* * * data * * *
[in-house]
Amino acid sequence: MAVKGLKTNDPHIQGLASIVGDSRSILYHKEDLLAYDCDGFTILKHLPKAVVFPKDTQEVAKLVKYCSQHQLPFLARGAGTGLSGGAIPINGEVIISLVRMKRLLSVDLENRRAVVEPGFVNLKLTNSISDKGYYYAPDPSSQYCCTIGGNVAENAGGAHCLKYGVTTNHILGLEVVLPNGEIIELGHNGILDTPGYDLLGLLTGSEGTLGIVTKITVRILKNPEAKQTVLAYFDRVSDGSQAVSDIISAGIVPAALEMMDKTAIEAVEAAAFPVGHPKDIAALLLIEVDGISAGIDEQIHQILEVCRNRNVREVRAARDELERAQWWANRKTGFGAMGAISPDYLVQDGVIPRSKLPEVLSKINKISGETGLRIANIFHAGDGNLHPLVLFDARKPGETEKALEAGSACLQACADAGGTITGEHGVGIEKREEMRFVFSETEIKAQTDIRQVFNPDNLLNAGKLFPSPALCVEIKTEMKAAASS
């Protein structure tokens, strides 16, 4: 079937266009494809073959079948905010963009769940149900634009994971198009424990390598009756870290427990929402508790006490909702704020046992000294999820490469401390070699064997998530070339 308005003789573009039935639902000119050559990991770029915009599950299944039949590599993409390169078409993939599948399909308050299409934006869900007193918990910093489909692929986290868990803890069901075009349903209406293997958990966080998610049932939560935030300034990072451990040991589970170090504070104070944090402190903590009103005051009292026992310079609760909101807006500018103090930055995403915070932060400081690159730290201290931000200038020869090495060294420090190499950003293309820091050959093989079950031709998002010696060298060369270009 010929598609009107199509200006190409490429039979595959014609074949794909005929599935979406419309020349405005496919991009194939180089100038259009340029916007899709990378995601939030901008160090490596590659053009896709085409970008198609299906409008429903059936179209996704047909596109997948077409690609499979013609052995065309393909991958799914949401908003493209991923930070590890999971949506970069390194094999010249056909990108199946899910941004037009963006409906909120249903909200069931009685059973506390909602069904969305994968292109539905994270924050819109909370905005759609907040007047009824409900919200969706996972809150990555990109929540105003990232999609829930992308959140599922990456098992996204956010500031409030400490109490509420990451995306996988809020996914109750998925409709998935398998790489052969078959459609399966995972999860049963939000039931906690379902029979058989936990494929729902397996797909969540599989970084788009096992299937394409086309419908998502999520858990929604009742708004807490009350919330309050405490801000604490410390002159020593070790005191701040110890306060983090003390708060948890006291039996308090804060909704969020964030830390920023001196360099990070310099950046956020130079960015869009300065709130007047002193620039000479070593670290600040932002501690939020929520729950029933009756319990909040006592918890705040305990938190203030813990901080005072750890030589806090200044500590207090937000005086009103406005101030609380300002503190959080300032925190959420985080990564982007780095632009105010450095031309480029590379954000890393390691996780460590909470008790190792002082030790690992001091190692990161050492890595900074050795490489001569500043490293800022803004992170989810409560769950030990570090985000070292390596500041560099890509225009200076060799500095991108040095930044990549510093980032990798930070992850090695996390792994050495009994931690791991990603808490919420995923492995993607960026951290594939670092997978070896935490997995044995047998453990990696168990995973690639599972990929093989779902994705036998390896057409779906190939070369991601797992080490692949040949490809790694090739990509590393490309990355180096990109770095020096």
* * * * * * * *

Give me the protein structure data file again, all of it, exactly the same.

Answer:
[in-house]
Amino acid sequence: MAVKGLKTNDPHIQGLASIVGDSRSILYHKEDLLAYDCDGFTILKHLPKAVVFPKDTQEVAKLVKYCSQHQLPFLARGAGTGLSGGAIPINGEVIISLVRMKRLLSVDLENRRAVVEPGFVNLKLTNSISDKGYYYAPDPSSQYCCTIGGNVAENAGGAHCLKYGVTTNHILGLEVVLPNGEIIELGHNGILDTPGYDLLGLLTGSEGTLGIVTKITVRILKNPEAKQTVLAYFDRVSDGSQAVSDIISAGIVPAALEMMDKTAIEAVEAAAFPVGHPKDIAALLLIEVDGISAGIDEQIHQILEVCRNRNVREVRAARDELERAQWWANRKTGFGAMGAISPDYLVQDGVIPRSKLPEVLSKINKISGETGLRIANIFHAGDGNLHPLVLFDARKPGETEKALEAGSACLQACADAGGTITGEHGVGIEKREEMRFVFSETEIKAQTDIRQVFNPDNLLNAGKLFPSPALCVEIKTEMKAAASS
């Protein structure tokens, strides 16, 4: 079937266009494809073959079948905010963009769940149900634009994971198009424990390598009756870290427990929402508790006490909702704020046992000294999820490469401390070699064997998530070339 308005003789573009039935639902000119050559990991770029915009599950299944039949590599993409390169078409993939599948399909308050299409934006869900007193918990910093489909692929986290868990803890069901075009349903209406293997958990966080998610049932939560935030300034990072451990040991589970170090504070104070944090402190903590009103005051009292026992310079609760909101807006500018103090930055995403915070932060400081690159730290201290931000200038020869090495060294420090190499950003293309820091050959093989079950031709998002010696060298060369270009 010929598609009107199509200006190409490429039979595959014609074949794909005929599935979406419309020349405005496919991009194939180089100038259009340029916007899709990378995601939030901008160090490596590659053009896709085409970008198609299906409008429903059936179209996704047909596109997948077409690609499979013609052995065309393909991958799914949401908003493209991923930070590890999971949506970069390194094999010249056909990108199946899910941004037009963006409906909120249903909200069931009685059973506390909602069904969305994968292109539905994270924050819109909370905005759609907040007047009824409900919200969706996972809150990555990109929540105003990232999609829930992308959140599922990456098992996204956010500031409030400490109490509420990451995306996988809020996914109750998925409709998935398998790489052969078959459609399966995972999860049963939000039931906690379902029979058989936990494929729902397996797909969540599989970084788009096992299937394409086309419908998502999520858990929604009742708004807490009350919330309050405490801000604490410390002159020593070790005191701040110890306060983090003390708060948890006291039996308090804060909704969020964030830390920023001196360099990070310099950046956020130079960015869009300065709130007047002193620039000479070593670290600040932002501690939020929520729950029933009756319990909040006592918890705040305990938190203030813990901080005072750890030589806090200044500590207090937000005086009103406005101030609380300002503190959080300032925190959420985080990564982007780095632009105010450095031309480029590379954000890393390691996780460590909470008790190792002082030790690992001091190692990161050492890595900074050795490489001569500043490293800022803004992170989810409560769950030990570090985000070292390596500041560099890509225009200076060799500095991108040095930044990549510093980032990798930070992850090695996390792994050495009994931690791991990603808490919420995923492995993607960026951290594939670092997978070896935490997995044995047998453990990696168990995973690639599972990929093989779902994705036998390896057409779906190939070369991601797992080490692949040949490809790694090739990509590393490309990355180096990109770095020096």